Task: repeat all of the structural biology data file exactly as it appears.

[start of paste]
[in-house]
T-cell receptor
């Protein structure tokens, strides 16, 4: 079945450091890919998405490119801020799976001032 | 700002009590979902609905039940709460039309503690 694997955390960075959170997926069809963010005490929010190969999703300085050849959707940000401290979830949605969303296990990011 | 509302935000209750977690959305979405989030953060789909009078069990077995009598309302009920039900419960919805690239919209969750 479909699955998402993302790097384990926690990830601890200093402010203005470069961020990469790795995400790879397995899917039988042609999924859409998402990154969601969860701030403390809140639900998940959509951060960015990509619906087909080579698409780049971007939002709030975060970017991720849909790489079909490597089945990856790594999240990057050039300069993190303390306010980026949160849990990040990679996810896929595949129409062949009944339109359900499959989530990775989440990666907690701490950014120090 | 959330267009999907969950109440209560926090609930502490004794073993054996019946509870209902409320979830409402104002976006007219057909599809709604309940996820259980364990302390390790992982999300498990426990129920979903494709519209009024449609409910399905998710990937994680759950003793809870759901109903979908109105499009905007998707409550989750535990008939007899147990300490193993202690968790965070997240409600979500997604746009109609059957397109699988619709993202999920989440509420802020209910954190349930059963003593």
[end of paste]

[in-house]
T-cell receptor
């Protein structure tokens, strides 16, 4: 079945450091890919998405490119801020799976001032 | 700002009590979902609905039940709460039309503690 694997955390960075959170997926069809963010005490929010190969999703300085050849959707940000401290979830949605969303296990990011 | 509302935000209750977690959305979405989030953060789909009078069990077995009598309302009920039900419960919805690239919209969750 479909699955998402993302790097384990926690990830601890200093402010203005470069961020990469790795995400790879397995899917039988042609999924859409998402990154969601969860701030403390809140639900998940959509951060960015990509619906087909080579698409780049971007939002709030975060970017991720849909790489079909490597089945990856790594999240990057050039300069993190303390306010980026949160849990990040990679996810896929595949129409062949009944339109359900499959989530990775989440990666907690701490950014120090 | 959330267009999907969950109440209560926090609930502490004794073993054996019946509870209902409320979830409402104002976006007219057909599809709604309940996820259980364990302390390790992982999300498990426990129920979903494709519209009024449609409910399905998710990937994680759950003793809870759901109903979908109105499009905007998707409550989750535990008939007899147990300490193993202690968790965070997240409600979500997604746009109609059957397109699988619709993202999920989440509420802020209910954190349930059963003593």